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Indian Rupee Completes Worst Week in a Month on Current Account

April 5 (Bloomberg) -- The rupee had its biggest weekly loss in a month after data showed India’s current-account deficit widened to a record while capital inflows slowed. Ten-year bonds gained.

The government will act to tackle the shortfall and to spur foreign investment, Prime Minister Manmohan Singh said April 3. The gap in the broadest measure of trade was $32.6 billion in the quarter through December, a central bank report showed March 28. Dravida Munnetra Kazhagam, one of nine partners in Singh’s ruling alliance, withdrew support to the administration last month over its approach to alleged war crimes in Sri Lanka.

“The rupee will depreciate because the current-account deficit story is pretty negative,” said Vivek Rajpal, a Mumbai-based strategist at Nomura Holdings Inc. “Political uncertainty and growth worries mean portfolio inflows are also slowing.”

The rupee lost 1 percent this week, the most since the five days ended March 1, to 54.8125 per dollar in Mumbai, according to data compiled by Bloomberg. It rose 0.1 percent today, after touching 54.8975 yesterday, the lowest level since March 7. Nomura predicts the currency will drop to 59 by the end of 2013.

One-month implied volatility in the rupee, a gauge of expected moves in the exchange rate used to price options, fell 10 basis points, or 0.10 percentage point, from a week ago to 7.8950 percent. The measure rose 6 basis points today.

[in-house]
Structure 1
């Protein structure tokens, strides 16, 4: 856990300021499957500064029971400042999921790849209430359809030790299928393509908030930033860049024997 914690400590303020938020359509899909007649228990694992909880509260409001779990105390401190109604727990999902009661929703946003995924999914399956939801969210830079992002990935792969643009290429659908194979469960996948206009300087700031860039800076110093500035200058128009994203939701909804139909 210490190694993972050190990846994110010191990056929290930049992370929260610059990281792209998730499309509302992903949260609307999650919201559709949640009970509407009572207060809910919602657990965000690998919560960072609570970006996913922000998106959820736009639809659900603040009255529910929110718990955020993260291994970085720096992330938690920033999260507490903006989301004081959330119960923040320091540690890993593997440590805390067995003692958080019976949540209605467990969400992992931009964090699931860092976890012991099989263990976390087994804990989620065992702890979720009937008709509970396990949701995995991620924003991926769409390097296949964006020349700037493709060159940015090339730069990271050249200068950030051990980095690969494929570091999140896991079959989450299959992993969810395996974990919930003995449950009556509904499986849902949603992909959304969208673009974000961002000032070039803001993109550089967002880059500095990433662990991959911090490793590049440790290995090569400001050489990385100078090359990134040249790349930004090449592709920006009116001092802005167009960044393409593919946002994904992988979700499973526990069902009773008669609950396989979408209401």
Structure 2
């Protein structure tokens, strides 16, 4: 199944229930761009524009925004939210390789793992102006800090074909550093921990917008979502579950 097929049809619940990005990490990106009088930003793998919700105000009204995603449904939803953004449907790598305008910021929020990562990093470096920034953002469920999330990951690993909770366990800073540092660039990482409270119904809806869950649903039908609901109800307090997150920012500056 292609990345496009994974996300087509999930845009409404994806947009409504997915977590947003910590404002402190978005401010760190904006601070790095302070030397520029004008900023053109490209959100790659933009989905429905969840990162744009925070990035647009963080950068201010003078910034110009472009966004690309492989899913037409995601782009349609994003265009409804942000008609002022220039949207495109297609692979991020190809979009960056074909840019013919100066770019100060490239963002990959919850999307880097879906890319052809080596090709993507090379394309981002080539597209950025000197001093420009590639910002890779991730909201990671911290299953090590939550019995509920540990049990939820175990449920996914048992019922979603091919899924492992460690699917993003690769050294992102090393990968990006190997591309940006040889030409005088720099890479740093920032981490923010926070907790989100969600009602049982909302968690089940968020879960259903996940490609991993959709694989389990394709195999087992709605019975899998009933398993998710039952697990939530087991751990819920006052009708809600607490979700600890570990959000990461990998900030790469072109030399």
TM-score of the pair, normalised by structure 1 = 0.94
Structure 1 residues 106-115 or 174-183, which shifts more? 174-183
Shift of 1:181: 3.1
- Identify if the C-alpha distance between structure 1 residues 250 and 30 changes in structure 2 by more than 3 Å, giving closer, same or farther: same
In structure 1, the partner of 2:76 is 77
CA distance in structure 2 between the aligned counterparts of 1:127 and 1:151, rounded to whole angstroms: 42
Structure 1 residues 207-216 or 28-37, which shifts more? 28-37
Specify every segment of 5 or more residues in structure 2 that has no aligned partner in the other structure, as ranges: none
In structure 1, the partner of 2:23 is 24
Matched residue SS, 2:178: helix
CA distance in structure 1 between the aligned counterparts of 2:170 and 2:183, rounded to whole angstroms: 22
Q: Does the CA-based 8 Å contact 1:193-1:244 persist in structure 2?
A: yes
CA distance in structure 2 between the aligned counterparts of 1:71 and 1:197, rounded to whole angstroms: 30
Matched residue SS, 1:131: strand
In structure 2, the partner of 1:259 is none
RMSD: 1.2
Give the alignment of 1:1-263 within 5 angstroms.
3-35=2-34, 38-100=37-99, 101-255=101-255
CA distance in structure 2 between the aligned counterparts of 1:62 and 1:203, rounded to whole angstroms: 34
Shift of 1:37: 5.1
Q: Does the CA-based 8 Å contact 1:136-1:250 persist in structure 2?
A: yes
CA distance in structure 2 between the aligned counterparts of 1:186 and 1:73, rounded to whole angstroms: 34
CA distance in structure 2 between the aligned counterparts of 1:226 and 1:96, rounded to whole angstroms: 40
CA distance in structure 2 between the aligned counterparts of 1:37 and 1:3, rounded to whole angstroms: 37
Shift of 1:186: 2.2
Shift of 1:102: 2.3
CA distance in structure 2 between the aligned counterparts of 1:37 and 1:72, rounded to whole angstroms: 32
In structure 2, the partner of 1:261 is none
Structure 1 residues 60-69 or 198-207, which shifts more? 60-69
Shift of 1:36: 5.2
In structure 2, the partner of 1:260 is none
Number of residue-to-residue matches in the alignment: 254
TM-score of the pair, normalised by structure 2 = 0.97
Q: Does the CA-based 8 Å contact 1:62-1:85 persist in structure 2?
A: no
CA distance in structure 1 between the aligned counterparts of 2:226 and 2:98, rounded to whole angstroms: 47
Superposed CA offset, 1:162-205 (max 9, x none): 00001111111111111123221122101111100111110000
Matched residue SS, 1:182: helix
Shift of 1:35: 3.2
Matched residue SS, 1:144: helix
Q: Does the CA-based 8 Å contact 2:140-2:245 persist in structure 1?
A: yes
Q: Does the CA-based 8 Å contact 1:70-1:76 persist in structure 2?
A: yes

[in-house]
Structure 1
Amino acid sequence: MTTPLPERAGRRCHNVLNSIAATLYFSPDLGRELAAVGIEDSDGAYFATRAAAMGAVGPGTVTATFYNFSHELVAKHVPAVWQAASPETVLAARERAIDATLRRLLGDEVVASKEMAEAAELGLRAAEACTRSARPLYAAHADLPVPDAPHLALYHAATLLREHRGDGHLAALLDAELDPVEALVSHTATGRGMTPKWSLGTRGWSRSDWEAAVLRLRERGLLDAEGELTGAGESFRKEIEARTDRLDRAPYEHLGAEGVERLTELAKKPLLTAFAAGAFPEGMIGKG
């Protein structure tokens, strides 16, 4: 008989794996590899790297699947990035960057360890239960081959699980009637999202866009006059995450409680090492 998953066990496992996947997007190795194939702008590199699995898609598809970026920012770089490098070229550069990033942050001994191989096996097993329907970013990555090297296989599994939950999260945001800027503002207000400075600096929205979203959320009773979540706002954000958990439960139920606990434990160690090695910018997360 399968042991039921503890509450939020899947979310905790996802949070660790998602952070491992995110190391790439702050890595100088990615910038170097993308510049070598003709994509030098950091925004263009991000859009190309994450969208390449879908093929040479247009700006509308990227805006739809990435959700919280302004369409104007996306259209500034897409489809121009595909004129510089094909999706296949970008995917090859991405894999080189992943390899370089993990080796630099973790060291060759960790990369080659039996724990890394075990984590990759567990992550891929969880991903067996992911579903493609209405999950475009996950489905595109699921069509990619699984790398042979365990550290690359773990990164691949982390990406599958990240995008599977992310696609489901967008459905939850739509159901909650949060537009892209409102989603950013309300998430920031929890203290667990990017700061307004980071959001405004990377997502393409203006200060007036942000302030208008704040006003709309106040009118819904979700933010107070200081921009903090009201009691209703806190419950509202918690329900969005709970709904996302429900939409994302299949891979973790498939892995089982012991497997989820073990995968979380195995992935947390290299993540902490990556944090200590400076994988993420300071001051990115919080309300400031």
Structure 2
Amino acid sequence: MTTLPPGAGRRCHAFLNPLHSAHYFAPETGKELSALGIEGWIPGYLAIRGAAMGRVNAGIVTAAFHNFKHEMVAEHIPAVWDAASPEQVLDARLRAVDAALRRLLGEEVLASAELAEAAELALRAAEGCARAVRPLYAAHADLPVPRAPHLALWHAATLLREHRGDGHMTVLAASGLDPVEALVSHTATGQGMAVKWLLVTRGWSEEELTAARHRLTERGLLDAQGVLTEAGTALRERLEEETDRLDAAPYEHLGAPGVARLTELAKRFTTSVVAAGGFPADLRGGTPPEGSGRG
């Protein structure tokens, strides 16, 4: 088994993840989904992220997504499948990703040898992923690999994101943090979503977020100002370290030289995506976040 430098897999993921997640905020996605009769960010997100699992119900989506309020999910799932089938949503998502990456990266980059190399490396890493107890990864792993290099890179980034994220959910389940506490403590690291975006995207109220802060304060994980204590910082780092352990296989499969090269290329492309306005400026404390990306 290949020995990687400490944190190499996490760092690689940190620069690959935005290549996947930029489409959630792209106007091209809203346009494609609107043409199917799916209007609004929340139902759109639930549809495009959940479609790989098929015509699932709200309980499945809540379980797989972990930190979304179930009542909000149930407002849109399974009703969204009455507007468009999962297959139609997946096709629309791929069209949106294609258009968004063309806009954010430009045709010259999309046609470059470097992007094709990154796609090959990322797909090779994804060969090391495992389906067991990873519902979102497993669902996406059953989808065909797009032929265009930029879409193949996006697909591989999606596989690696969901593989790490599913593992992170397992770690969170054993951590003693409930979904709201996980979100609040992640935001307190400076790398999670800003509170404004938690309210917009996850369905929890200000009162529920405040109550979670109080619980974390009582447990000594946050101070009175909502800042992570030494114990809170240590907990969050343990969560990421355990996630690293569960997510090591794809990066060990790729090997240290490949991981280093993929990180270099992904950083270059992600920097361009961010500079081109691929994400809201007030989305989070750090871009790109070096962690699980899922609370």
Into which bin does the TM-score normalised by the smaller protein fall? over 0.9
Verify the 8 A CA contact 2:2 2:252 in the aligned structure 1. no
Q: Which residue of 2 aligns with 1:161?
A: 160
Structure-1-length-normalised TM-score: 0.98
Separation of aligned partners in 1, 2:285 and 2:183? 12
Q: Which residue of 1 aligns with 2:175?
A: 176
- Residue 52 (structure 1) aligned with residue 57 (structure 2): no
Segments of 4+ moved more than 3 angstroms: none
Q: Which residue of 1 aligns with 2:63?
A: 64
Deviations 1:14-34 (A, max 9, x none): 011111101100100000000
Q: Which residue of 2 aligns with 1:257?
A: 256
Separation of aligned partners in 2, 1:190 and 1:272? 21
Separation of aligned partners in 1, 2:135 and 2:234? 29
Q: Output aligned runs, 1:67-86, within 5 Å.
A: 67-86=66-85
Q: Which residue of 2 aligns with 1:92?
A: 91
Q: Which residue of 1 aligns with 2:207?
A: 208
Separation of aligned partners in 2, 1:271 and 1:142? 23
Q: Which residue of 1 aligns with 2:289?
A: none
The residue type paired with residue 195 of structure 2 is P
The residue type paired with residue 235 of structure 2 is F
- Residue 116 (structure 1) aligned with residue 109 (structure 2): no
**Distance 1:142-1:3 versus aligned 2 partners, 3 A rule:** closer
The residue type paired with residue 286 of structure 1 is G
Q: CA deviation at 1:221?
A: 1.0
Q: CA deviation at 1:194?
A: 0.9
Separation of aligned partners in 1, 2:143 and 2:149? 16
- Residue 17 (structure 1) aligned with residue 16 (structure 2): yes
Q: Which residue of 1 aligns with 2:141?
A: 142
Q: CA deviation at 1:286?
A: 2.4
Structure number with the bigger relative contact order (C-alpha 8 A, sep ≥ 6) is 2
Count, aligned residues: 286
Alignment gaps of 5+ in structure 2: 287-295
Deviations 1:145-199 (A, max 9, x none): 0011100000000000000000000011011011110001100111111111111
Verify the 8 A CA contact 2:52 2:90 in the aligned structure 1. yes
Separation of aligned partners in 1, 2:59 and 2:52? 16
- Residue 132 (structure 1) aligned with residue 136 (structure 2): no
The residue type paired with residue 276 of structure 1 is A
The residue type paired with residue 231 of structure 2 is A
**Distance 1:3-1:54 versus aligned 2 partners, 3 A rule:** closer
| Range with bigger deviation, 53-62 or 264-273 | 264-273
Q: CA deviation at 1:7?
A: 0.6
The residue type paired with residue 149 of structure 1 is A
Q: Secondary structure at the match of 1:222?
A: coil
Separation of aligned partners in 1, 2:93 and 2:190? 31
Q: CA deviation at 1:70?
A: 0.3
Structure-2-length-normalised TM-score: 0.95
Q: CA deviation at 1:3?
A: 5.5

Slower Inflows

Global funds boosted holdings of Indian stocks by $1.9 billion in March, exchange data show, after adding more than $4 billion in each of the previous three months.

The economy probably expanded 5 percent in the year ended March 31, which would be the least since 2003, the Central Statistical Office predicted in February.

Three-month onshore rupee forwards traded at 55.93 per dollar, compared with 55.53 at the end of last week, according to data compiled by Bloomberg. Offshore non-deliverable contracts were at 55.86 versus 55.53. Forwards are agreements to buy or sell assets at a set price and date. Non-deliverable contracts are settled in dollars.

India’s benchmark bonds due in 2022 rose today, extending the week’s gains.

The finance ministry started its record 6.29 trillion rupees ($115 billion) borrowing program for the fiscal year that began April 1 today. It sold 150 billion rupees of notes due 2020, 2026, 2032 and 2042, according to a central bank statement.

The yield on the 8.15 percent notes due June 2022 fell three basis points today, or 0.03 percentage point, to 7.93 percent in Mumbai, according to the central bank’s trading system. The rate touched a three-month high of 7.99 percent on April 2.

To contact the reporter on this story: V. Ramakrishnan in Mumbai at rvenkatarama@bloomberg.net

To contact the editor responsible for this story: James Regan at jregan19@bloomberg.net

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